Barclays Africa Group reported a 14 percent rise in full-year earnings on Tuesday partly due to sharp fall in bad debt charges that showed the bank’s tighter lending policy is starting to pay off.
The African subsidiary of Britain’s Barclays reduced its exposure to personal lending over the past three years and increased bad debt provisions in response to a downturn in the country’s economy after the financial crisis.
“There is no denying that our business has been through a tough period,” Chief Executive Maria Ramos said.
“We’ve been very prudent over the last few years with our lending policy and we were ahead of the market with that and that will remain our policy,” Ramos said.
The bank, the first of South Africa’s main four banks to publish earnings this season, reported a 21 percent drop in bad debt charges.
Barclays Africa is remaining cautious even though South Africa’s economy is showing signs of picking up and could grow by as much as 2.8 percent this year, according to the central bank, from an estimated 1.9 percent in 2013.
Unemployment has fallen and the jobless rate slowed to 24.1 percent in the fourth quarter of 2013, the lowest in seven quarters.
Manufacturing is also starting to look up with output rising 2.5 percent year-on-year in volume terms in December, compared with the 1.4 percent economists polled by Reuters had expected.
But an expected rise in interest rates could squeeze consumers, many of which are already over-indebted.
The country’s central bank raised interest rates by 50 basis points last month, the first increase in about six years, to dampen spiraling inflation caused by a weakening local currency. More increases are expected in 2014, the same year that South Africans vote in a general election.
Chief financial officer David Hodnett said Barclays expected slow loan growth in South Africa, its biggest market, in 2014. “With South Africa interest rates likely to rise further and consumers under pressure, we expect mid single digit loan growth in South Africa this year.”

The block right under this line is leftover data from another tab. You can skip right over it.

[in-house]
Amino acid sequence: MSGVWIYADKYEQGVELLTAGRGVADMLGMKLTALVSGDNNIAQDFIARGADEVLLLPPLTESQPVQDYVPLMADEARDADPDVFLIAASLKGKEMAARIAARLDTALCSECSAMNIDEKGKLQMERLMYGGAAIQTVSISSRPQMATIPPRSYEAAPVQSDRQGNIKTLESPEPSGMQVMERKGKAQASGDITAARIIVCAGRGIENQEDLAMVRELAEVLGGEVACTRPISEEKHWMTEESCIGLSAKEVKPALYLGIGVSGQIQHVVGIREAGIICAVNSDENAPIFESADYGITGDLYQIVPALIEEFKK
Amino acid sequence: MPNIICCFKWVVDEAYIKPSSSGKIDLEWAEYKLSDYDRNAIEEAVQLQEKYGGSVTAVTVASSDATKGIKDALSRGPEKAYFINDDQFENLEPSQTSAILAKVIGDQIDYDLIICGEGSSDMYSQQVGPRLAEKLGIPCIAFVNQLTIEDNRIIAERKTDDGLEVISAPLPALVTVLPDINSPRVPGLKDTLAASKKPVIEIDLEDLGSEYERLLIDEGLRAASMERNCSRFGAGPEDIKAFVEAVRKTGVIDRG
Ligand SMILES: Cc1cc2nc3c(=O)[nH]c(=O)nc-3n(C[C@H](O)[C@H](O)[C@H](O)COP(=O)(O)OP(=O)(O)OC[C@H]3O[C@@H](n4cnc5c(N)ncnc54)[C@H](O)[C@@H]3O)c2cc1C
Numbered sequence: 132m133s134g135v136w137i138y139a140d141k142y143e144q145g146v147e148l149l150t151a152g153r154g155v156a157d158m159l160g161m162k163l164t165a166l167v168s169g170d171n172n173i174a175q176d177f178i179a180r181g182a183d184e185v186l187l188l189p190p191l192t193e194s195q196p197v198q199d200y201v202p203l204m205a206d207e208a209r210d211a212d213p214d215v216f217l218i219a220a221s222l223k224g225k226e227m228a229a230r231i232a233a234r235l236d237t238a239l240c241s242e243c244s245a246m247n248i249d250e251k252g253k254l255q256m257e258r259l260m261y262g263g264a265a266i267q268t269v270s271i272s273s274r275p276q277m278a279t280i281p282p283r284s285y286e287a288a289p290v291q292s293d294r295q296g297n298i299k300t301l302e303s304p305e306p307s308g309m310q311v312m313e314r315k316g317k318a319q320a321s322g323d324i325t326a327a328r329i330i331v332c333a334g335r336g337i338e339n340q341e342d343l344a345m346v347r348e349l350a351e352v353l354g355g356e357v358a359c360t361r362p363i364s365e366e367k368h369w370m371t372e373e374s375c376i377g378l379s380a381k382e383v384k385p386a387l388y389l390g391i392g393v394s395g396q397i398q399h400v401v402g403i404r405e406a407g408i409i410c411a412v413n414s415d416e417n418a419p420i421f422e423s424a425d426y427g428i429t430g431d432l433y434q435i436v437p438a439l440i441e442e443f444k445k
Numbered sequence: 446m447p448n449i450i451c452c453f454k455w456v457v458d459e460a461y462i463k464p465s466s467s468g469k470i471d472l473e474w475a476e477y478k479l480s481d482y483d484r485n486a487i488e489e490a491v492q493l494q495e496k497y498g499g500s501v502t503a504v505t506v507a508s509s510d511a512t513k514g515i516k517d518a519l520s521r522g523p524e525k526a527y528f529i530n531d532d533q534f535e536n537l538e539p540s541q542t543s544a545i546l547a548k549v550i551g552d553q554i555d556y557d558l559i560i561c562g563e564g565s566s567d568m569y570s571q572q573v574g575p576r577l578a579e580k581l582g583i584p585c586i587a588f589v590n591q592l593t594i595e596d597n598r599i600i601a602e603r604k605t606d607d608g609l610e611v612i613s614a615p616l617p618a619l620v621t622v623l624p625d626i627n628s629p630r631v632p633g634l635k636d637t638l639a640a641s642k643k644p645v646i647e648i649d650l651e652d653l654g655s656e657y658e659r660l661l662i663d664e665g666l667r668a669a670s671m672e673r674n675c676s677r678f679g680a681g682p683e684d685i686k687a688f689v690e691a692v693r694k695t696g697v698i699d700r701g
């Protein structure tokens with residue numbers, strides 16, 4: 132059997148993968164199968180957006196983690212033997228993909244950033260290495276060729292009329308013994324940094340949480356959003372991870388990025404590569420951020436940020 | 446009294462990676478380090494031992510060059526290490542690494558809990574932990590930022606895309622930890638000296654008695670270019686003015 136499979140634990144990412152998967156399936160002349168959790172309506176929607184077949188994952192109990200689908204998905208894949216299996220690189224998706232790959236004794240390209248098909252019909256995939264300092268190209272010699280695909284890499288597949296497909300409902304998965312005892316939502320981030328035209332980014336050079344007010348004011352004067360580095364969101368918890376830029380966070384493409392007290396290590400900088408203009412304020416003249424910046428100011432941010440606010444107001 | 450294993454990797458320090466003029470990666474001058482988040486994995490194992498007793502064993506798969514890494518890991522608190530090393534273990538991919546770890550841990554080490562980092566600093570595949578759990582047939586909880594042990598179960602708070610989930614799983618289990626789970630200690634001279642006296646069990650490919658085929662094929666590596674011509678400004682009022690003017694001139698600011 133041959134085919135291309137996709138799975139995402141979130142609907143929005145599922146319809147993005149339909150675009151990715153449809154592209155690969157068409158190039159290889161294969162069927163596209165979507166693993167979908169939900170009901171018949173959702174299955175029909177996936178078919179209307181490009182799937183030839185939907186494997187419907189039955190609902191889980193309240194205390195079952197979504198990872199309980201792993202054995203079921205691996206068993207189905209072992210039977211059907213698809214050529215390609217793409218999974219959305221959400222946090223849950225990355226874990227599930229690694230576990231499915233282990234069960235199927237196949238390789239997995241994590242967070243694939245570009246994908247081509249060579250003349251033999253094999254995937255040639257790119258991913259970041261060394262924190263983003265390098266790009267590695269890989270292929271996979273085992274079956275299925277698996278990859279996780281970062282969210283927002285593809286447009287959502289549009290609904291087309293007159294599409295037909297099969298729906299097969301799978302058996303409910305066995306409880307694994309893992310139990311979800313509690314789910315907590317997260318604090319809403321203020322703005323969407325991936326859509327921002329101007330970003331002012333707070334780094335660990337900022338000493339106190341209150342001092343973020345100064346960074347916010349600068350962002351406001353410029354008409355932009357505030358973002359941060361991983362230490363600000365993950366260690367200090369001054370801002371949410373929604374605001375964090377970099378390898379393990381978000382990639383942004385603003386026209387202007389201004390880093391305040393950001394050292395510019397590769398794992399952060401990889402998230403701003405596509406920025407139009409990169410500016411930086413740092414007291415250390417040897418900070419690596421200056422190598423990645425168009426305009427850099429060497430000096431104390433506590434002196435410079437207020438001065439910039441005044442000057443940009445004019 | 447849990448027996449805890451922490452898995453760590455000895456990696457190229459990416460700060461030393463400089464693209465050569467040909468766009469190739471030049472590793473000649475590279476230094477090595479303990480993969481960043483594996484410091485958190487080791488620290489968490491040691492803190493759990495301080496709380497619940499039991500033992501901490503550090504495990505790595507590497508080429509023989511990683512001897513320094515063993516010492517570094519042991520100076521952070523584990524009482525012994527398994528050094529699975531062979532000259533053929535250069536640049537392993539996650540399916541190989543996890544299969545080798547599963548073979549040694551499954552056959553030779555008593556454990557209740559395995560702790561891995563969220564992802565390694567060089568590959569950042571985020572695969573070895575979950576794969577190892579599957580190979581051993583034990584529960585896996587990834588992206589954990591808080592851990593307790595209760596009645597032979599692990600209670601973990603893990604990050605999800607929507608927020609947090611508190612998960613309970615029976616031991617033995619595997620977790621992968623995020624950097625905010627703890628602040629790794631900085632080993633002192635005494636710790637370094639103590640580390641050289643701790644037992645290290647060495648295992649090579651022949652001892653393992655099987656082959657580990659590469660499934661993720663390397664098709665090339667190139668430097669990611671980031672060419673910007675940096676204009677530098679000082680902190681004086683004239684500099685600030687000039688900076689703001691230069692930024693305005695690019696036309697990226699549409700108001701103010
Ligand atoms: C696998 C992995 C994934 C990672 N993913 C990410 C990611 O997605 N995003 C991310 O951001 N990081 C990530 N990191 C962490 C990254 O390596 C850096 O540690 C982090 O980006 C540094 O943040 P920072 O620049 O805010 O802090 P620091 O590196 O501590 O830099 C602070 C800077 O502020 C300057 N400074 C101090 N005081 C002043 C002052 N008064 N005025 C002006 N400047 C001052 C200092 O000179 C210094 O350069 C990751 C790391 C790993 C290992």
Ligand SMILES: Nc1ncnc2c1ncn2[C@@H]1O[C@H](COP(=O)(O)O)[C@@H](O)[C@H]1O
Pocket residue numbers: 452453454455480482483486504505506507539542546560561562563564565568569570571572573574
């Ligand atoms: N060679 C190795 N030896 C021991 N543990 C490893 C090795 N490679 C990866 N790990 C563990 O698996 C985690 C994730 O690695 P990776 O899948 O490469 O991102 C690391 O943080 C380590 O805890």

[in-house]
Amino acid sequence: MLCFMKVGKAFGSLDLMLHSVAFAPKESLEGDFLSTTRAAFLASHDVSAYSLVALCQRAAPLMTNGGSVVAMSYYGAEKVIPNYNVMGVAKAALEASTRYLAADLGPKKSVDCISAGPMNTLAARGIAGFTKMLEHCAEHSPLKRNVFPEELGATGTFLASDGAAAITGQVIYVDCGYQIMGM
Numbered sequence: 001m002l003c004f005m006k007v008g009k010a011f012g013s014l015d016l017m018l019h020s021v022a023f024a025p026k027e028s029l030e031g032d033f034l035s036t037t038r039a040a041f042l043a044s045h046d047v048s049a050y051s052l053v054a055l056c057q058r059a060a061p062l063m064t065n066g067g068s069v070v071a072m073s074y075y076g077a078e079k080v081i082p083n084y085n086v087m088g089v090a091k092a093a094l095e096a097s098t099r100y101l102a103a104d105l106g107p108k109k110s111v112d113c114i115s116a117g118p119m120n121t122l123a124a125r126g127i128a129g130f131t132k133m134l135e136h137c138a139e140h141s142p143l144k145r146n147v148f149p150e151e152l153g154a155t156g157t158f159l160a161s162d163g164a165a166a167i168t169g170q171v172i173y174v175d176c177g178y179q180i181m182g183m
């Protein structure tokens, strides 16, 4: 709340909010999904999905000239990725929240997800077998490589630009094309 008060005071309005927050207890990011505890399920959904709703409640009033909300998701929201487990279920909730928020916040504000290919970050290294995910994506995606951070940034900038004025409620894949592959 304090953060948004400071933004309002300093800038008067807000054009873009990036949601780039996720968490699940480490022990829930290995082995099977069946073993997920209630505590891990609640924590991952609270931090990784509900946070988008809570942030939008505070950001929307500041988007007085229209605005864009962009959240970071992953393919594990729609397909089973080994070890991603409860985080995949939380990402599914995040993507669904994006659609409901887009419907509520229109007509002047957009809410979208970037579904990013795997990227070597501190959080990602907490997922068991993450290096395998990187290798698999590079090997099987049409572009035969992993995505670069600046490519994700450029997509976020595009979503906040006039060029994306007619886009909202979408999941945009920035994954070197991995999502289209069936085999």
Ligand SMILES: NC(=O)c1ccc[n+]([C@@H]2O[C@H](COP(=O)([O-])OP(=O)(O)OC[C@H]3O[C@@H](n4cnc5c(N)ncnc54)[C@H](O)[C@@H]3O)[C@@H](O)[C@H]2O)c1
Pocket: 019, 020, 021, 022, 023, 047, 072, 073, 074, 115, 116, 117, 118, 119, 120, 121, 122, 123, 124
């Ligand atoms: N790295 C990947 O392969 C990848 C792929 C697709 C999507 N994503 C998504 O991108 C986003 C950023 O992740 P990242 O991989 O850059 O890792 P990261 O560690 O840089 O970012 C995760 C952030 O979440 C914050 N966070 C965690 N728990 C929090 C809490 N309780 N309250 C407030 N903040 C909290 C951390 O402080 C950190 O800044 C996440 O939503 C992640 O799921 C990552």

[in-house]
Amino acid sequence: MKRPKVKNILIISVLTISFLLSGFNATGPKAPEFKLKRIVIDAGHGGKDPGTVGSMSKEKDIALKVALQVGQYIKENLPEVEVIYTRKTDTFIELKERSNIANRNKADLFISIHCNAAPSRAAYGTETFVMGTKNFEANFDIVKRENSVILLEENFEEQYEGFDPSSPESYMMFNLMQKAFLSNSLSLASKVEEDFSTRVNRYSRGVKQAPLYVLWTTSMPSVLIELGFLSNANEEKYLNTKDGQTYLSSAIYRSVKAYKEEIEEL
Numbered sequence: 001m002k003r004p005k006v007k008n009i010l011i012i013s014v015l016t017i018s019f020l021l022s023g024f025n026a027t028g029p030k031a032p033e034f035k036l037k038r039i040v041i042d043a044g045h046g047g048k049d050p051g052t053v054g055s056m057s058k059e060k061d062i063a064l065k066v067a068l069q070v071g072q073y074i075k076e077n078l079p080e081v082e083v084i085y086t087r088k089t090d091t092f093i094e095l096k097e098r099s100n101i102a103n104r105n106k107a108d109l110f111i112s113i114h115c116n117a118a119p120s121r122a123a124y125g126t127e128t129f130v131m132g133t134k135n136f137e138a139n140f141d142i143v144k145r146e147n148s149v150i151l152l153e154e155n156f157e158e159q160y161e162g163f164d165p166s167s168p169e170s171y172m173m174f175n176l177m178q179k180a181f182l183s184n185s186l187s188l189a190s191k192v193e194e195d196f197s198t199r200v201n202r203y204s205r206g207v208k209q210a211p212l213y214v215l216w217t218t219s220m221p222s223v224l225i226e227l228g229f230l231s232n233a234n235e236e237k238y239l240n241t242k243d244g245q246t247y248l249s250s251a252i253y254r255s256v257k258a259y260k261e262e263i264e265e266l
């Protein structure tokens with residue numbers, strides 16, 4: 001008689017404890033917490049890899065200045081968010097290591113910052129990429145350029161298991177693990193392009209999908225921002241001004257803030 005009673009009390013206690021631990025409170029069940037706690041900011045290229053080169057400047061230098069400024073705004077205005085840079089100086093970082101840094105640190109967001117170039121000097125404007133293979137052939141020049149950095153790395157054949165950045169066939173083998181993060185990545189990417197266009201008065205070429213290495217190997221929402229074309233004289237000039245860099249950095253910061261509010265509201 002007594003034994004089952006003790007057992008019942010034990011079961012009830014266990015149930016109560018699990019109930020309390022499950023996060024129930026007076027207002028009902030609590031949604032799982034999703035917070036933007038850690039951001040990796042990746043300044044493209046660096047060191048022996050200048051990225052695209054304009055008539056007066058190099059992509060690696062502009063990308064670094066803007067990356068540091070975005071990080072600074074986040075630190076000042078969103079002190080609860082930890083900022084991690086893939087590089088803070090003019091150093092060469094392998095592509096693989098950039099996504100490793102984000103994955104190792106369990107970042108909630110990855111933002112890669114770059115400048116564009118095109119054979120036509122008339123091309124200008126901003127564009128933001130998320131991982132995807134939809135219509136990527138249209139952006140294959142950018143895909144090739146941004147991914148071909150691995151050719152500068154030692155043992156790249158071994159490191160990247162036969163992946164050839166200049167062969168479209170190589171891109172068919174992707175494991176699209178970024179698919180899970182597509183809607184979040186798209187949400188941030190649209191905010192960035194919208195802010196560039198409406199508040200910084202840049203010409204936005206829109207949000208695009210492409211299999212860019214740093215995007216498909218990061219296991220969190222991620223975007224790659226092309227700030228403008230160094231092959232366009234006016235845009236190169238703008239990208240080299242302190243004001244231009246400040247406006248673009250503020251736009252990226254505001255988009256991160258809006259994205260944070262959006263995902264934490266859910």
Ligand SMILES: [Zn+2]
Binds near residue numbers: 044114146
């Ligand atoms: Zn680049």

Barclays’ results are the first since the group was formed by combining Absa Group Limited and Barclays’ African operations in July last year to create Africa’s third-biggest banking group by market value.
“The caution, the tight lending they showed in the last couple of years is putting them in a position to be a little more aggressive now late in the cycle,” Matthew Warren, head of financials at First Avenue Investment Management, said.
“I expect their earnings to hold up as we enter this down cycle in banking that is ahead of us,” he said, adding that credit losses are generally rising in other banks.
Barclays shares rose 4 percent to 129.19 rand by 1140 GMT.
The bank plans to expand its operations outside South Africa so they make up 20-25 percent of total revenue from about 15-19 percent currently.
Barclays is also aiming to be among top three banks by revenue in Kenya, Ghana, Botswana and Zambia, its four biggest markets outside South Africa.
Barclays’ credit impairments fell 21 percent to 7 billion rand ($628 million). The lender said diluted headline earnings per share totaled 1,396.6 cents from 1,227.6 cents a year earlier. Headline EPS, which excludes certain items, is the main measure of profit in South Africa.
Net interest income, or profit made from lending, rose 10 percent to 32.35 billion rand. Revenue from charges such as fees and commissions grew 5 percent to 27.1 billion rand. It also raised dividends by 20 percent to 820 cents per share.
Barclays shares are down 2 percent this year, compared with rivals such as No. 2 lender FirstRand, which has dropped 12 percent, and Standard Group, which has lost nearly 10 percent.